It’s also an appreciable source of the anti-stress mineral magnesium.

Chocolate is one of the few dietary sources of anandamide, a naturally occurring neurotransmitter called the “bliss molecule.” 

Anandamide binds to the same receptors as THC (tetrahydrocannabinol), the primary psychoactive component in marijuana.

Dark chocolate also contains phenylethylamine, a psychoactive compound dubbed the “love drug.”

It purportedly gives you a buzz similar to being in love

Dark chocolate encourages the production of feel-good endorphins which bind to opiate receptors, causing feelings of euphoria. 

There is a little caffeine in chocolate — enough to boost memory, mood, and concentration — but not enough to make most people feel wired. 

Chocolate doesn’t just make you feel happier, it positively impacts brain health and function too.

It’s high in neuroprotective flavonoids which promote brain plasticity and help brain cells live longer. 

Chocolate’s flavonoids stimulate blood flow to the brain to aid memory, attention span, reaction time, and problem-solving. 

As you get older, the reasons to eat chocolate just keep getting better.

Chocolate can help older people with short-term memory loss and prevent mental decline. 

The more chocolate older people eat, the lower their risk of dementia

RECOMMENDED: The renowned Cleveland Clinic recommends eating a one-ounce serving of dark chocolate daily. 

Buying Dark Chocolate

Look for dark chocolate that says 70% or higher on the label.

This is the total percentage of everything derived from the cocoa bean — chocolate liquor, cocoa butter, and cocoa powder — in the chocolate bar.

If you find 70% too bitter, start with 54% and work your way up.

The higher this number, the more health and brain benefits your chocolate will provide.

Dark chocolate is extremely satisfying, so you should find that you’ll be happy eating just a little.

Eating dark chocolate has been shown to reduce cravings in general, whereas typical mass-produced milk chocolate fuels cravings for junk food of all kinds.

Obviously, chocolate bars don’t grow on trees, so even the best dark chocolate has gone through numerous processing steps, including the addition of sugar.

If you want the benefits of chocolate with the least processing, give cocoa powder or cacao nibs a try instead.

Both are significantly less processed than chocolate and contain no added sugar.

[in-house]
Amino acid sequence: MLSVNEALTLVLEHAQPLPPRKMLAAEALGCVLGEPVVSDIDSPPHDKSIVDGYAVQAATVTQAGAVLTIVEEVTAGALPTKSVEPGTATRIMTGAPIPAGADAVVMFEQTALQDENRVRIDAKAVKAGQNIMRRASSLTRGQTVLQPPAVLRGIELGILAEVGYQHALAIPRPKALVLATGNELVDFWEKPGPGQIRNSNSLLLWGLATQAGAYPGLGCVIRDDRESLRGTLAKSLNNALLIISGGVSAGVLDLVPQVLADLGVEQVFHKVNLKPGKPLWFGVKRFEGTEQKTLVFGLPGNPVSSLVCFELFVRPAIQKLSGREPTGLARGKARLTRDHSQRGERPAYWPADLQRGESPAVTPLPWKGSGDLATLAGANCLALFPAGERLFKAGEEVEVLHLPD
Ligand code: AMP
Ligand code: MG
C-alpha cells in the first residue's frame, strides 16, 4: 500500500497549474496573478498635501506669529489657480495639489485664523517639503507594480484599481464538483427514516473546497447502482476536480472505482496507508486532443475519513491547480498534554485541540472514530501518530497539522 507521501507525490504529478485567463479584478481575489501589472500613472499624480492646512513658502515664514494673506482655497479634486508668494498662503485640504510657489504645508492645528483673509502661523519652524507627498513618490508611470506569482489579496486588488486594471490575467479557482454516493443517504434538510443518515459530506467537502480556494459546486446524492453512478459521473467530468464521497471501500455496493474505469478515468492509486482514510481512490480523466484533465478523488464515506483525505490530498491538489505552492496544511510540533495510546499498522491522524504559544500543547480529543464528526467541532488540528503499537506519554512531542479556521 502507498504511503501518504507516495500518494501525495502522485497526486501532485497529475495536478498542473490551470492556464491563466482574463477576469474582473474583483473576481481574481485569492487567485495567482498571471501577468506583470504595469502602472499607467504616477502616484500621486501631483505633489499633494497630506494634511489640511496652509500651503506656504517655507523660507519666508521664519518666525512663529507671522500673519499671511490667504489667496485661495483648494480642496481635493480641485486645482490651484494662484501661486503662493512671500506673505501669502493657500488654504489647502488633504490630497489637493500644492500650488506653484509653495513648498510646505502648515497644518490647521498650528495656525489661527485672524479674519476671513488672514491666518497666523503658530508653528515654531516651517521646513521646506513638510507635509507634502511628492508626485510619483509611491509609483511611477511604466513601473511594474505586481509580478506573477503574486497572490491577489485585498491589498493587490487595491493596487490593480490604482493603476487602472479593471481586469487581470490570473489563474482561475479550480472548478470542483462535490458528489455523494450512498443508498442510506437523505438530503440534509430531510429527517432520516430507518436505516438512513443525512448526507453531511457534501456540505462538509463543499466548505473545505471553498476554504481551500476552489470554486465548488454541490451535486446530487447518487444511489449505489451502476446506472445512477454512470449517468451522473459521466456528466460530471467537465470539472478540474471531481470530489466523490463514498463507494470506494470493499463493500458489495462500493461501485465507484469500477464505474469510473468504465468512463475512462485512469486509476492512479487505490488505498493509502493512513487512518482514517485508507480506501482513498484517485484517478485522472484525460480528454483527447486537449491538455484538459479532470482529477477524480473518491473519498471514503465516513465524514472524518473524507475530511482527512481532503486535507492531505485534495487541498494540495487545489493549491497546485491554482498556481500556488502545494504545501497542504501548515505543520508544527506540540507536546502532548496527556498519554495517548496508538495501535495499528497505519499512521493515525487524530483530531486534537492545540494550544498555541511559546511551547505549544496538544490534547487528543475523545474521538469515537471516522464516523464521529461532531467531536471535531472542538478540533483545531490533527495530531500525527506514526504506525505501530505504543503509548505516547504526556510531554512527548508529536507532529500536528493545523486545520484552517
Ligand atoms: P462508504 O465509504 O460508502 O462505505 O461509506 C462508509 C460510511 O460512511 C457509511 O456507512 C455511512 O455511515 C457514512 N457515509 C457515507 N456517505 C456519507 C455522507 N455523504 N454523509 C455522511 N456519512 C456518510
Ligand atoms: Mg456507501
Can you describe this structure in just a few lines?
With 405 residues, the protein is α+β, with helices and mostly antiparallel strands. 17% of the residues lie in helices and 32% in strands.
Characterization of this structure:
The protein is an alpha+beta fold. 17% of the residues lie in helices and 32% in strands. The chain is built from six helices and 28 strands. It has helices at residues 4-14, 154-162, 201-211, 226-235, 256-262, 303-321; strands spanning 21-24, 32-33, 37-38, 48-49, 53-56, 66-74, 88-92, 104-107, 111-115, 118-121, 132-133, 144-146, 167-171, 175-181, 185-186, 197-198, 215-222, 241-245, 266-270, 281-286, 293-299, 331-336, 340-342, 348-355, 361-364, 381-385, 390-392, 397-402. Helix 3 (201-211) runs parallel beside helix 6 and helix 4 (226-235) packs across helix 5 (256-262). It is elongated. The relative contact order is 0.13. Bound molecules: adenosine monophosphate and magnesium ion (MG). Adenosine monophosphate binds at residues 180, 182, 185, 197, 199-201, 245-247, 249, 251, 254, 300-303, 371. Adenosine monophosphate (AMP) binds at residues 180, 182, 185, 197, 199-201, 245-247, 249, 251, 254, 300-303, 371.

Cocoa powder has more antioxidants than other “superfoods” such as acai, blueberry, and pomegranate powders. 

You can add cocoa powder to smoothies, sprinkle over fruit, or add it to savory dishes such as chili, stews, or mole sauce. 

And cacao nibs, the raw material of chocolate and cocoa powder, taste naturally nutty and are not at all bitter.

You can use them anywhere you would use nuts or eat them as is. 

8. Walnuts: The #1 Nut for the Brain

Brain Foods to Boost Memory & Mood (in-depth guide)

All nuts are brimming with protein, vitamins, and minerals.

People who eat nuts live longer, healthier lives than those who don’t. 

While every kind of nut offers brain benefits, walnuts are the undisputed champion.

Compared to other nuts, walnuts have the highest omega-3 to omega-6 ratio. 

Walnuts are one of the best sources of ALA (alpha-linolenic acid), the plant form of omega-3 fats. 

They are the best among the few foods that contain mood-elevating serotonin

Walnuts contain a unique polyphenol, pedunculagin, which has antioxidant and anti-inflammatory properties that may reduce brain inflammation. 

Walnuts have the potential to reverse several parameters of brain aging.

They reduce the oxidant and inflammatory load on brain cells and increase brain cell production.

Walnut extract inhibits the buildup of toxic beta-amyloid proteins found in the brains of Alzheimer’s patients. 

One study on adults of all ages found that eating walnuts improved reaction time, learning, and memory recall. 

RECOMMENDED: Approximately 1 tablespoon of walnuts a day is recommended for improving cognitive health.

Using and Storing Walnuts

It’s easy to remember to add walnuts to your brain food shopping list because the edible portion looks a little like a brain!

To get the freshest walnuts, buy them in the shell.